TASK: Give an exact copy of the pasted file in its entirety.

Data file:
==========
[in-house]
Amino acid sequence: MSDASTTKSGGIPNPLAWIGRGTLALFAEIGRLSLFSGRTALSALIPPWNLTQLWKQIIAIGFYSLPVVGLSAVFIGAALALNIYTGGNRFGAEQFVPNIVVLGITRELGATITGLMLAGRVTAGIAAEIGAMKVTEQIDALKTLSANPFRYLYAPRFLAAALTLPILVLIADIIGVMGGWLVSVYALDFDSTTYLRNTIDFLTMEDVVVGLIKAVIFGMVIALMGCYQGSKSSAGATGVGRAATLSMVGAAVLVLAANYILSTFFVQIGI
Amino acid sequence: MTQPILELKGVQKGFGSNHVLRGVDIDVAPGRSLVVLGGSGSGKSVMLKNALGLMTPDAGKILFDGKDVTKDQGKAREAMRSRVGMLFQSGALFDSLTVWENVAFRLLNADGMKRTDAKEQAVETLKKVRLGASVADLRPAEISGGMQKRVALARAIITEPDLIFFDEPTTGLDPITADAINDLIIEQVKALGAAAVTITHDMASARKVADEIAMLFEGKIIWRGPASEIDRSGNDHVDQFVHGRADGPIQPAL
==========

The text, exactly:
[in-house]
Amino acid sequence: MSDASTTKSGGIPNPLAWIGRGTLALFAEIGRLSLFSGRTALSALIPPWNLTQLWKQIIAIGFYSLPVVGLSAVFIGAALALNIYTGGNRFGAEQFVPNIVVLGITRELGATITGLMLAGRVTAGIAAEIGAMKVTEQIDALKTLSANPFRYLYAPRFLAAALTLPILVLIADIIGVMGGWLVSVYALDFDSTTYLRNTIDFLTMEDVVVGLIKAVIFGMVIALMGCYQGSKSSAGATGVGRAATLSMVGAAVLVLAANYILSTFFVQIGI
Amino acid sequence: MTQPILELKGVQKGFGSNHVLRGVDIDVAPGRSLVVLGGSGSGKSVMLKNALGLMTPDAGKILFDGKDVTKDQGKAREAMRSRVGMLFQSGALFDSLTVWENVAFRLLNADGMKRTDAKEQAVETLKKVRLGASVADLRPAEISGGMQKRVALARAIITEPDLIFFDEPTTGLDPITADAINDLIIEQVKALGAAAVTITHDMASARKVADEIAMLFEGKIIWRGPASEIDRSGNDHVDQFVHGRADGPIQPAL